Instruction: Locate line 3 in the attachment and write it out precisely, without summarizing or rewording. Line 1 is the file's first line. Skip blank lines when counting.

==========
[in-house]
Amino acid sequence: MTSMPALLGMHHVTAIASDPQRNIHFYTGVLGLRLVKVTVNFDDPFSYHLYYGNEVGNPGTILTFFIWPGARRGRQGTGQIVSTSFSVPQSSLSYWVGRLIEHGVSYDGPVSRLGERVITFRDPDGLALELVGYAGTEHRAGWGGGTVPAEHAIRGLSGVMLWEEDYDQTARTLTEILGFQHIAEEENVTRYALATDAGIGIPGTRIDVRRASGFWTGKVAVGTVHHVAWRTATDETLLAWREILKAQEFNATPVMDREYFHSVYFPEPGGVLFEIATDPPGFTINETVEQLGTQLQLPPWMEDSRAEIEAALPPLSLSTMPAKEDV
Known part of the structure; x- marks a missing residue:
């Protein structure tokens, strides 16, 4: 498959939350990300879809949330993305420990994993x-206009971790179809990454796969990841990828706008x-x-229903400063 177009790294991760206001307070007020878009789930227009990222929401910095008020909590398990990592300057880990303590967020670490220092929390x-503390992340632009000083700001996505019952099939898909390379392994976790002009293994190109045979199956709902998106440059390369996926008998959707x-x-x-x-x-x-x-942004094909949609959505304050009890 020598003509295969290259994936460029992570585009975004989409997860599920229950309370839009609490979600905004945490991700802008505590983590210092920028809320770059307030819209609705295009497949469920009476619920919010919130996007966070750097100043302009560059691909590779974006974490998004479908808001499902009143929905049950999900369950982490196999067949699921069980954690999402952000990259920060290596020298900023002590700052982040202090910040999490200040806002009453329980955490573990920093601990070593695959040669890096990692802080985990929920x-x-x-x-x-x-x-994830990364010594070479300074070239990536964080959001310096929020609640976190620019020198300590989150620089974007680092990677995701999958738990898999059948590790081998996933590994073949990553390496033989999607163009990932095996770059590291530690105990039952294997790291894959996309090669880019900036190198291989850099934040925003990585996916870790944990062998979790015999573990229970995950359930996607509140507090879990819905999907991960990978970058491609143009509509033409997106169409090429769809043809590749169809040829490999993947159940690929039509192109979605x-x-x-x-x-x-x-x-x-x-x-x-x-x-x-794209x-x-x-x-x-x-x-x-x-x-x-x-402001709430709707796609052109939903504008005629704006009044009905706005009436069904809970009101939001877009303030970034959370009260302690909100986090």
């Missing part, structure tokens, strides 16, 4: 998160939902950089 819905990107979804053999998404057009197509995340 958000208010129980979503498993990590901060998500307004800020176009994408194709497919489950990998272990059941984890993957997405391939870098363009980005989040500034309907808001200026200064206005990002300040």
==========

Known part of the structure; x- marks a missing residue: